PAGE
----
The Festival of Lights (Fête des Lumières) in Lyon

The rabbit in the moon, one of the flagship installations of the 2021 edition of the Fête des Lumières, on the Place des Terreaux in Lyon.

A veritable institution, the Festival of Lights is an opportunity to admire the city of Lyon in a new, artistic and festive light, and to plunge into the enchantment of Christmas. While we wait to discover the programme for the next edition, from 7 to 10 December 2023, let's take a look back at the 2022 edition and the history of the festival.

Every year for almost 30 years, at the beginning of December, the city of Lyon is set ablaze in an explosion of colour and light. The streets, squares and facades of emblematic monuments as well as urban parks welcome artistic installations created by local and international lighting designers, visual artists and other video artists.Before we find out what's on the programme for 2023, let's take a look back at the shows that have lit up the city.

Poetry, creativity and sobriety

In a context where incentives to save energy are multiplying, the Festival of Lights is going for sobriety with the massive use of LED lighting. As every year, the essential installations illuminate the Place des Terreaux, the Place Bellecour, the Place des Jacobins, the Saint-Jean cathedral, in the Vieux-Lyon and also the Parc de la Tête d'Or. A green lung with 117 hectares of nature in the heart of France's third largest city, the park is hosting four installations this year, including the projection of geometric shapes on the trees along the lake and the presence of fireflies on the lawns. To raise awareness of climate change among the 2 million or so visitors expected, a light and music installation presents the environmental data of the Lyon metropolis (air quality, noise pollution, cycling and soft mobility) in an artistic way.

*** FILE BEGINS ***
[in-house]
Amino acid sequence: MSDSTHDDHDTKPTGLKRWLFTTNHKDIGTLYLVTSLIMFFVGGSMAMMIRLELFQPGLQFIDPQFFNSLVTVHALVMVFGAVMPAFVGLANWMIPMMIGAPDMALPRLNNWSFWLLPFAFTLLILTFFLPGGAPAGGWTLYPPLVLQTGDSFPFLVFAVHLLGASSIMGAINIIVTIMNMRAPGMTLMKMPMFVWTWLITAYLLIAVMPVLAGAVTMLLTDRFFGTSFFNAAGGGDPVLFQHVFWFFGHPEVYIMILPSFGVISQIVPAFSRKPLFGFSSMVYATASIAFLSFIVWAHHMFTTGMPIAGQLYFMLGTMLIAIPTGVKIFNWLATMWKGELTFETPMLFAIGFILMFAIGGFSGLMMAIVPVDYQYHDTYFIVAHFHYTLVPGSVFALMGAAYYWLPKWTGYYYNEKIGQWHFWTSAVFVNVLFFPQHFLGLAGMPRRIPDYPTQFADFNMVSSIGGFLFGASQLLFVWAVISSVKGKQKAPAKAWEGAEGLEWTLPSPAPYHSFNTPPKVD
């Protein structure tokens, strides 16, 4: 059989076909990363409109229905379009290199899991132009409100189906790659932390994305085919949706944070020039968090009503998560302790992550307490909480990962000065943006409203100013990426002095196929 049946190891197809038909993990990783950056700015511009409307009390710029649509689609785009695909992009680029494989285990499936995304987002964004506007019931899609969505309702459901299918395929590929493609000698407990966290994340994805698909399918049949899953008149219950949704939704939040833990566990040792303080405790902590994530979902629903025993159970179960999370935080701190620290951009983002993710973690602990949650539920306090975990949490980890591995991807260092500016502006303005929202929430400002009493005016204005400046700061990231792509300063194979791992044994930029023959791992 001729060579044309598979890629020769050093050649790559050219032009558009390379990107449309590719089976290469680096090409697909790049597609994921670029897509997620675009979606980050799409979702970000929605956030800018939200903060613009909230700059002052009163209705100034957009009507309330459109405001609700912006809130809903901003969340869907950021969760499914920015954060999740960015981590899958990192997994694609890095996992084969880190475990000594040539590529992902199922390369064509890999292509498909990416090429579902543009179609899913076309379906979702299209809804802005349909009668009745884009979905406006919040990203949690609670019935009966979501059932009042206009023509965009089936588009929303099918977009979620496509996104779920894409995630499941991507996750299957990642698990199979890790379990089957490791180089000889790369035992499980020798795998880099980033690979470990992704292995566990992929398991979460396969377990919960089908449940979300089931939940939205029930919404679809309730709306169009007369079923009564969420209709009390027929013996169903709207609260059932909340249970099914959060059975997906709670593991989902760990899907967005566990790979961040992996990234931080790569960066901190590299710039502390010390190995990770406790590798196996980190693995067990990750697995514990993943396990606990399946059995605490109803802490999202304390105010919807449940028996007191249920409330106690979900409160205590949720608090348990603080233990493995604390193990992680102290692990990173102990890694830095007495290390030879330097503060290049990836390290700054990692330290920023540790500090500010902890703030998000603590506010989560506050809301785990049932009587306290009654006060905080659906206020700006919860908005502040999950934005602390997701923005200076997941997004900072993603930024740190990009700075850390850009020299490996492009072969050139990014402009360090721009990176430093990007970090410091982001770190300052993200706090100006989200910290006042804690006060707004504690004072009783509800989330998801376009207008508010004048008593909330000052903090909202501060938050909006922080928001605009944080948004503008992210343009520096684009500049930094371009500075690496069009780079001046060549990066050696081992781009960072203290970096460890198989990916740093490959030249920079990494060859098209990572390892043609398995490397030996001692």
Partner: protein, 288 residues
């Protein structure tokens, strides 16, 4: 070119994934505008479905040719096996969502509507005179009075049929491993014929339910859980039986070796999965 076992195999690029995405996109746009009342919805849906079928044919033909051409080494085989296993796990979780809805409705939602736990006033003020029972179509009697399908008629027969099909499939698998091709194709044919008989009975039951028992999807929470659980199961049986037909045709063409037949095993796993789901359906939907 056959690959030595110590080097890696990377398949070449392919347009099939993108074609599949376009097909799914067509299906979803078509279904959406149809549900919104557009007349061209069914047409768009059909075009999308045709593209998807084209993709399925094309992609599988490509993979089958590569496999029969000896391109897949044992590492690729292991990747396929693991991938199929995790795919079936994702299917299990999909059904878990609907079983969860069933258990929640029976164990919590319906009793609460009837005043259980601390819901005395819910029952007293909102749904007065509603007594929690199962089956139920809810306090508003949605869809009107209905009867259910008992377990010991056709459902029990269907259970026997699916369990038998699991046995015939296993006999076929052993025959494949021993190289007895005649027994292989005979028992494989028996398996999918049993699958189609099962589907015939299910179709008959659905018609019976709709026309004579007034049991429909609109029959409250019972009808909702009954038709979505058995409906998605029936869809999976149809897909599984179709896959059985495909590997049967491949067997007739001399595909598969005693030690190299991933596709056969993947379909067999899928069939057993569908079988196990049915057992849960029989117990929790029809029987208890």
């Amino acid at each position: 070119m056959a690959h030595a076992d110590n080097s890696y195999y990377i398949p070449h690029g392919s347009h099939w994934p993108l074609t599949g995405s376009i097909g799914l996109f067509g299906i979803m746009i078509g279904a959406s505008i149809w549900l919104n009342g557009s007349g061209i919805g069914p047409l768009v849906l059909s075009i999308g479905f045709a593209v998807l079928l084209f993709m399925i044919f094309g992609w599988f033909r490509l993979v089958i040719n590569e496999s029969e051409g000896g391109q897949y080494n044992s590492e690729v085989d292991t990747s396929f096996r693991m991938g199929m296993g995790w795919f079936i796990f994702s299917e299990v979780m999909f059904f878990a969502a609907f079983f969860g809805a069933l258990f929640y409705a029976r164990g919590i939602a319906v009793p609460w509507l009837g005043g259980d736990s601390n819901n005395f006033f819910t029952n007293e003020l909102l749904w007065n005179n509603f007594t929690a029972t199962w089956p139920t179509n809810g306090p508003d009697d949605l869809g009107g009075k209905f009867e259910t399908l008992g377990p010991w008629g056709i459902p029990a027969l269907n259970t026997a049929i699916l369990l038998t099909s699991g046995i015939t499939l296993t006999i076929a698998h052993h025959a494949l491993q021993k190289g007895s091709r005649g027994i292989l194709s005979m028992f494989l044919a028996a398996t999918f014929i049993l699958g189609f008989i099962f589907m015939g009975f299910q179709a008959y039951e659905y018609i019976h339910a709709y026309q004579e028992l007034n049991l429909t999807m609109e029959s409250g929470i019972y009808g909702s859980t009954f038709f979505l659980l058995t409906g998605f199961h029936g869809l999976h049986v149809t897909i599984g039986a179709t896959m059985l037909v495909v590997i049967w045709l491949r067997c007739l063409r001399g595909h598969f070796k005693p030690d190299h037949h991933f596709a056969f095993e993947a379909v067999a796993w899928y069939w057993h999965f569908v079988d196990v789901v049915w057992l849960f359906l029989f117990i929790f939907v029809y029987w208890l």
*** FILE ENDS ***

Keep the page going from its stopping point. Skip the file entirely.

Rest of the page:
Look out for the programme for the next Fête des lumières in autumn 2023.

A secular tradition

The Festival of Lights originated in 1643, when the city implored the Virgin Mary to protect it from the plague, promising to honour her with the construction of a statue on the top of Fourvière hill. Two hundred years later, on 8 December 1852, when the inauguration of the statue was compromised by inclement weather, the sky miraculously cleared. To thank the Virgin Mary, the people of Lyon lit up their windows with thousands of candles called lumignons. The Festival of Lights was born.

Coeur de Lyon (Heart of Lyon)

Fete des Lumières - les lumignons du coeur - place des Jacobins©Muriel Chaulet/Ville de Lyon - Charity operation Les Lumignons du Coeur, organised at Place des Jacobins, Lyon, during the Fête des lumières.

The original tradition of lighting candles on 8 December is also at the heart of the Fête des lumières with the participative project "Les Lumignons du Coeur (External link) ". The principle is simple: perform an act of solidarity by buying one or more Lumignons du Cœur for 2€. All donations collected are distributed to a designated charity before the festivities. In 2022, the profits will be donated to the Salvation Army Foundation. So go to the Parc de la Tête d'Or rose garden to buy one or more candles.

Also read:

Lyon: 8 steps for a night out in the city of lights

Replay the best moments of the 2021 edition of the Fête des lumières :


Thursday 7 to Sunday 10 December 2023 (8pm to midnight)
In the streets, in the plazas, and on the façades of the city's monuments of Lyon


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